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Stannis Eats No Peaches

UK Politics: The End of May

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7 minutes ago, Chaircat Meow said:

Has he really. Who cares. He's said some really stupid things about the GoT finale, apparently anyone who complained about the bad plotting and piss poor characterisation is 'entitled.' That's Dunt all over, he's terrified of being against popular opinion in his own little circle of right on fruit munchers. I am bored of him. 

Really?

I haven'T read whatever Dunt hd to say about GoT, nor do I care to find out tbh. I agree with 90% of his political writing/Assessments.  You don't like his writings, fair enough. But before we got into a (honestly speaking rather dull discussion) about what political commentators we like (are there trading cards for that sort of thing?). Your guess for next Tory leader, and (not necessarily the same) your choice.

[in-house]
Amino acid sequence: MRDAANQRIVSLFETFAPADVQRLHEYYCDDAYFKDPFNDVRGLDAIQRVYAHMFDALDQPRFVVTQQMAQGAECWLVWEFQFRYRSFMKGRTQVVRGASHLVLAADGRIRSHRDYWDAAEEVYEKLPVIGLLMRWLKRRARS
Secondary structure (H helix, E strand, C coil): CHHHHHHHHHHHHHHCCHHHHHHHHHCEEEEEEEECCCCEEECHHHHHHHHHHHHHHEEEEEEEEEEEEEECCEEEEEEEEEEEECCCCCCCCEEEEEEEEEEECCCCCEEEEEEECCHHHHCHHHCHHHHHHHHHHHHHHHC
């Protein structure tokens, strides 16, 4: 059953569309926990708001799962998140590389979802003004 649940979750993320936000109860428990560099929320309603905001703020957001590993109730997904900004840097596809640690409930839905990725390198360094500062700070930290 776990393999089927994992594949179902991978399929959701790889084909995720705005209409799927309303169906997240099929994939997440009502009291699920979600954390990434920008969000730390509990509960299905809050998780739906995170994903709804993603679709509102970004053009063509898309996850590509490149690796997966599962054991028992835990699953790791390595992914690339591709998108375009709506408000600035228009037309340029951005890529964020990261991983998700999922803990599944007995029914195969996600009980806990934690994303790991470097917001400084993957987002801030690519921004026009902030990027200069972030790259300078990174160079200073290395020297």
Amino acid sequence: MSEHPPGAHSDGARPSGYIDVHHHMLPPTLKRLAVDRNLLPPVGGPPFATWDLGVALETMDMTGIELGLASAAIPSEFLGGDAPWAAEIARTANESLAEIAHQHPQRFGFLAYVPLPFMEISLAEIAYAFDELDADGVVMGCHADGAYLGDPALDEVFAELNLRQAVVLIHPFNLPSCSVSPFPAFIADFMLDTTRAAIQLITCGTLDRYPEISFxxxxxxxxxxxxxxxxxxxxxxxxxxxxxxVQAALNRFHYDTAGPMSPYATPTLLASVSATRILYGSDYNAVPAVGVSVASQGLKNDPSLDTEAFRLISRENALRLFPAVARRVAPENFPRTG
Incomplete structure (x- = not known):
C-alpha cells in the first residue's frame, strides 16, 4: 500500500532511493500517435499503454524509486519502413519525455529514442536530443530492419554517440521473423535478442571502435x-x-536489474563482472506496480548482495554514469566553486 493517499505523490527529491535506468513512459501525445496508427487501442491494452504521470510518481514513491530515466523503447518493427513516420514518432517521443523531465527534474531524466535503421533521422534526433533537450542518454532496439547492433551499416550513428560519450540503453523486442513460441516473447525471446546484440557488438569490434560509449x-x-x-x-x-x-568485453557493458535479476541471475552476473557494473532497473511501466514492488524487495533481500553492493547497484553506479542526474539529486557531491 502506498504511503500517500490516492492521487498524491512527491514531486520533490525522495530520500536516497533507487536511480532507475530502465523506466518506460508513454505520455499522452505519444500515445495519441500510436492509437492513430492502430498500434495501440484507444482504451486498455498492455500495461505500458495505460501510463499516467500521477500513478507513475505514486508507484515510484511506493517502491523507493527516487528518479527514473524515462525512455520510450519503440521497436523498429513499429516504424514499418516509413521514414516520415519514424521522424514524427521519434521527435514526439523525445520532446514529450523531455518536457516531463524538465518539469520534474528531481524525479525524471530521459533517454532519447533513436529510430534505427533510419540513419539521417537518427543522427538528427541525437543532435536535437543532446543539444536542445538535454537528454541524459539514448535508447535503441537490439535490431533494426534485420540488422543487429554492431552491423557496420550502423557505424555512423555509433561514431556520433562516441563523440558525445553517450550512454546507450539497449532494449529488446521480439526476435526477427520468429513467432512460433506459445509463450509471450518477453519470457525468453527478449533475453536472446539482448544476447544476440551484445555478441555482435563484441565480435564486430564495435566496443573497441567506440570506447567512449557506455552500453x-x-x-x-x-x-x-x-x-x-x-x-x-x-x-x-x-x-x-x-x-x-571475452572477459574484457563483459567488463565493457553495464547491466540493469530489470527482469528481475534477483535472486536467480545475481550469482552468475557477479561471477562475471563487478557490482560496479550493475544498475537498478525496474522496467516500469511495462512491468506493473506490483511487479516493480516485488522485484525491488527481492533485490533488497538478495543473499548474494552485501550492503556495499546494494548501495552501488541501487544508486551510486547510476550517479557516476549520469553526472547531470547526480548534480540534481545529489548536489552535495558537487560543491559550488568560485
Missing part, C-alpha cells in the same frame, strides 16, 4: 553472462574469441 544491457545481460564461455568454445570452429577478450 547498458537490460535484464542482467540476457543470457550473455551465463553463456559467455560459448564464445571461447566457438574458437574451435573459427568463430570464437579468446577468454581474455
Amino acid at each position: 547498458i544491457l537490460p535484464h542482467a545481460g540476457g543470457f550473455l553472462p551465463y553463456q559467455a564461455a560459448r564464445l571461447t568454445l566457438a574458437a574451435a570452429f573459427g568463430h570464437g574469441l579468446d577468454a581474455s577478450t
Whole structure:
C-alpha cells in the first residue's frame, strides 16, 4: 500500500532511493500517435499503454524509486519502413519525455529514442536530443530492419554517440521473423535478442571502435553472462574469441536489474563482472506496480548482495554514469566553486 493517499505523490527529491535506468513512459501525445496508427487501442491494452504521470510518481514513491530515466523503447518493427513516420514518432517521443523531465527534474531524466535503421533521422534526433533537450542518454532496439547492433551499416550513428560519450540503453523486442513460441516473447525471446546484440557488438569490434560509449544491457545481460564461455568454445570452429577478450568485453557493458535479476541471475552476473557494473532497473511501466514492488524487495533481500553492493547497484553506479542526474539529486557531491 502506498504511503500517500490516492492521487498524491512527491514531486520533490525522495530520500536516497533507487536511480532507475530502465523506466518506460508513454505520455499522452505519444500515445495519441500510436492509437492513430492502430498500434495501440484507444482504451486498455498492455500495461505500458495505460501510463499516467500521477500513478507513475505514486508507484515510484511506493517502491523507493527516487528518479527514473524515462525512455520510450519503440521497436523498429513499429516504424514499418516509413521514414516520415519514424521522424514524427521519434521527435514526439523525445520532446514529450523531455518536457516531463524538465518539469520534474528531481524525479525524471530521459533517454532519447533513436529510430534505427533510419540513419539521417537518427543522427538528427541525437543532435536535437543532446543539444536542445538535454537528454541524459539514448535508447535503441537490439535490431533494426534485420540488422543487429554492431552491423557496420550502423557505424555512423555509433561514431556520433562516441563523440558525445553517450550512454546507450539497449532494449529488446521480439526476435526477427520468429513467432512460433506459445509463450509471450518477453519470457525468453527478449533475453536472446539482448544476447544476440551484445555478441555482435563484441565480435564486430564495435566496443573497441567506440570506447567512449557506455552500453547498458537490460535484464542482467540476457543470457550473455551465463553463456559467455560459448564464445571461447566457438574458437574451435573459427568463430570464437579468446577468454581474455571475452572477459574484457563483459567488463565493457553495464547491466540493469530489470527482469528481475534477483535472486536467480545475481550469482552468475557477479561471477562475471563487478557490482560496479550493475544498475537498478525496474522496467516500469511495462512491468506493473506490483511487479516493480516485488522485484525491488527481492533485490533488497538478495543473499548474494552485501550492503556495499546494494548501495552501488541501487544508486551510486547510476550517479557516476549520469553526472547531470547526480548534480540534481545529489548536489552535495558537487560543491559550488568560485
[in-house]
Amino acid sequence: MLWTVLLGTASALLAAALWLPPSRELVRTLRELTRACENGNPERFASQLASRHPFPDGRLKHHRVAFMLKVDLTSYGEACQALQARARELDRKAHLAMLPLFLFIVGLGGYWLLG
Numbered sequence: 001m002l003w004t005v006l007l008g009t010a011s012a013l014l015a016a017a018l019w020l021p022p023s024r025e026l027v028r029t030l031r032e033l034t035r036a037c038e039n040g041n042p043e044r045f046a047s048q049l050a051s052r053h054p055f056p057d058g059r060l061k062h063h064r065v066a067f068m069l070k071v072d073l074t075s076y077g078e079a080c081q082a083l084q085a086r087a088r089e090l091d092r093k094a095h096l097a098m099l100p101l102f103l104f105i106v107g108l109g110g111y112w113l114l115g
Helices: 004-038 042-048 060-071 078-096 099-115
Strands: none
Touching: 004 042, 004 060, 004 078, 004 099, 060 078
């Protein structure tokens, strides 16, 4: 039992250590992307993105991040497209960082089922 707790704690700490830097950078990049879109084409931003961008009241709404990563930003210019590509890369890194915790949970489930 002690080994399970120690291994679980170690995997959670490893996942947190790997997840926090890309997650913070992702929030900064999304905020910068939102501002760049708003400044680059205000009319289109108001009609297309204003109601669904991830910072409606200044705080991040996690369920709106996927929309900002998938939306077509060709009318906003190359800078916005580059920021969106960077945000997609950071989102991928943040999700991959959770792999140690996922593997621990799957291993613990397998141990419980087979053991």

15 minutes ago, Which Tyler said:

There's a lot to criticise her for in the time between taking the premiership and triggering art 50. Not that it was rushed, but that it was ignored for too long - and yes, I do believe she wouldn't have been under so much pressure to trigger if she'd been in the process of building consensus, cross-party talks etc. 

All of that is a fair and legit critcism. However, I think the tabloids would have egged her on to trigger it, and thus by extension also the conservative grass roots.

By all accounts (feel free to correct me on that), but British politics does not really seem to be build upon reaching consensus. You have a majority, you plow thru on your party manifestos. I mean you could see her own party revolting, for the mere fact of her starting talks with Labour, and god forbid offering him something. Infact she has offered very little, but that was already too much.